This is a weekly feature where Christa of Hooked on Books and myself will be watching and discussing all of the reboot of Doctor Who. Posts will contain spoilers for that episode and ones before it, so you may want to watch the episode before reading. I hope you’ll join us in enjoying this fantastic show, and don’t forget to check out Christa’s post as well! Allons-y!
The Unquiet Dead by Mark Gatiss
They’ve seen the future, now it’s time to check out the past! The Doctor and Rose head back to Christmas Eve 1860 in Milan, except it’s actually 1869 and they’re in Cardiff. When the dead start walking it’s up to the Doctor and Rose to save the world!
One of my favourite things about Doctor Who in general is how they emphasize that every person, no matter how seemingly ordinary, is important and can do extraordinary things. Being around the Doctor gives ordinary people the opportunity to do the extraordinary…largely because they’re fighting for their lives/the lives of the entire planet/universe, but the point is that the Doctor brings out the best in people.
We get to see this happen with Gwenyth, who I like to pretend is Gwen Cooper of Torchwood’s great-great-great-great grand-aunt or something. I mean she’s even named after her! Gwenyth is everything that a proper 19th century serving girl should be: quiet, polite, and pious. I had the same reaction as Rose when I first met her. I saw her as someone to be pitied for not having the opportunities that modern women have, and in doing so I looked down on her. I was completely wrong to do so. Gwenyth may not have a modern education, but she knows what’s right and what’s wrong, and she isn’t afraid to stand up for herself. She takes her life into her own hands and in the end saves everyone.
We also, of course, get to see more of the Doctor/Rose relationship. I love how the Doctor looks to Rose whenever he finds something funny, wanting to see her reaction. More than that, I love that Rose isn’t afraid to stand up to the Doctor, and he’s equally unafraid to bite back. They view each other’s as equals…well the Doctor is getting there. He still sees her as someone he needs to protect and someone who doesn’t understand the world as well as he does, but let’s give him some time. And who else caught the look of jealous directed at Dickens when Rose kissed him on the cheek?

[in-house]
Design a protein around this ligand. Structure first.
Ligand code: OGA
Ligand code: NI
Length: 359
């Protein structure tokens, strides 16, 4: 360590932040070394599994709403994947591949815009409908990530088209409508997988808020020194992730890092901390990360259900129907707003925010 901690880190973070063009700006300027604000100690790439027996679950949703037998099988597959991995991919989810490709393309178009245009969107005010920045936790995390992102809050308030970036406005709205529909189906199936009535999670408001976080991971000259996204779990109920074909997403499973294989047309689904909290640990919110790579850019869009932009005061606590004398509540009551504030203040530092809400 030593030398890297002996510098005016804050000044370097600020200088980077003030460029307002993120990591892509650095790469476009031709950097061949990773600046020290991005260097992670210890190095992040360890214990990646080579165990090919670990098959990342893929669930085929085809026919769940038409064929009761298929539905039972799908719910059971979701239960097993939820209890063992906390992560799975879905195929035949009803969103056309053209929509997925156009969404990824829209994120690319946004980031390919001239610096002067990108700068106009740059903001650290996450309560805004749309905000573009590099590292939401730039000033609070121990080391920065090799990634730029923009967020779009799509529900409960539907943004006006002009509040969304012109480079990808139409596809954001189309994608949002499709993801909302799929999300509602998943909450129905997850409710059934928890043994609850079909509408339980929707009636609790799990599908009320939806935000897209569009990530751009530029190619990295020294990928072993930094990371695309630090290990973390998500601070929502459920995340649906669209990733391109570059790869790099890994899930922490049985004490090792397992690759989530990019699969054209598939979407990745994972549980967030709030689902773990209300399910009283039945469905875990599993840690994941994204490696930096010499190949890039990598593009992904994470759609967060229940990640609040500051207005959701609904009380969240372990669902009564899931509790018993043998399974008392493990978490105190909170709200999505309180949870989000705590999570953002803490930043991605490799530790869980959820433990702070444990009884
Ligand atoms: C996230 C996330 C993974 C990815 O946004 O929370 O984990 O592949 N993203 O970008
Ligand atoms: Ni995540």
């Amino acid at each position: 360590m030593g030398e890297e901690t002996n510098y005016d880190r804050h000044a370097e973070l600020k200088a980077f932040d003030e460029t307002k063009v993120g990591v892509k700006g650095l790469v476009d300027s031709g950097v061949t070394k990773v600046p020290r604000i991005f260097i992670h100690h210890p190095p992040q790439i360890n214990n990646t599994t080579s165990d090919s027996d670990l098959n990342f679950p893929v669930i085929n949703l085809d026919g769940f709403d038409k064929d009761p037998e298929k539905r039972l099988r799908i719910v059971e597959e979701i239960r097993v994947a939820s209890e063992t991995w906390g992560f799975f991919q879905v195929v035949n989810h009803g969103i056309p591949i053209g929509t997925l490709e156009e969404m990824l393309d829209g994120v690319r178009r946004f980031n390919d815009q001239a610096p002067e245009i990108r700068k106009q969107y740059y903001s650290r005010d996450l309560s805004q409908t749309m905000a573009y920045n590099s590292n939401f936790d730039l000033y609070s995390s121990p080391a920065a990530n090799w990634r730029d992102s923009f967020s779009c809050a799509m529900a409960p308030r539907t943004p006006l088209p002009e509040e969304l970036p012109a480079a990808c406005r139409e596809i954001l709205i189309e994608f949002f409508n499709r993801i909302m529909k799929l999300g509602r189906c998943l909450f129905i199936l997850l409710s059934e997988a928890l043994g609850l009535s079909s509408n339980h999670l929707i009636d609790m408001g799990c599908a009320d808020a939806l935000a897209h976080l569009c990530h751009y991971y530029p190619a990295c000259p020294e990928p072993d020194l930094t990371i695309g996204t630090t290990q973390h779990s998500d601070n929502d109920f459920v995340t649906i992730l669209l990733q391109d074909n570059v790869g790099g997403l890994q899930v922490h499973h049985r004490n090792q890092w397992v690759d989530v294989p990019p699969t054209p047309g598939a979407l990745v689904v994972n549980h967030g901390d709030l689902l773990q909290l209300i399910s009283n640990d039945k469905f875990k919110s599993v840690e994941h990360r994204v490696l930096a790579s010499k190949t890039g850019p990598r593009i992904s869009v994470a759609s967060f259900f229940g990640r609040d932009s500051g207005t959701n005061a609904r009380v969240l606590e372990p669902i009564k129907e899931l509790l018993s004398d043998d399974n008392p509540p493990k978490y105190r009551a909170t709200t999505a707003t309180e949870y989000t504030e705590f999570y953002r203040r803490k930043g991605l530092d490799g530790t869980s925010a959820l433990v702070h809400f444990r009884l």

In character development, we get to see two new sides of the Doctor: Doctor the fanboy and Doctor the coward. The Doctor’s reaction to Charles Dickens is fantastic, and if I had the ability to travel through time and space I think all I would do is visit all of my favourite authors. The relationship between the Doctor and Dickens made me smile, and when the Doctor told Dickens how his stories survived forever I may have had to wipe away a tear. But I think what I love even more is the Doctor’s cowardly moment when he realizes they’re about to die. Okay, so he’s a bit more upset by HOW and WHERE he’s going to die then the actual dying thing, I think, but you can still see a bit of panic at the idea. I don’t think the Doctor is ready to go, and this moment of human-ness makes his future development as a character all the more poignant.
With Rose we get to see her ability to bond with others once again and her wish to help people. The fact that she refuses to leave Gwenyth even when she’s choking on gas shows the kind of person that Rose is. She’s remarkably loyal, and considering she just met Gwenyth and was already willing to risk her life for her is more than admirable. We also get a hint of the fact that she’s been thinking about her father more than ever, which answers some questions in a future episode, AND we get our first mention of Bad Wolf! I LOVE foreshadowing!
“You look beautiful…considering.” – Doctor to Rose (My heart may have skipped a couple beats at this one.)
“I’m sorry.” – Doctor (the first time he says it when they’re going to die…though he says it twice more in the episode. Makes me think that Ten has a bit more Nine in him then one might assume.)
“She saved the world, a servant girl. No one will ever know.” -Rose
Death Toll: 3
New Irrational Fears: old women and funerals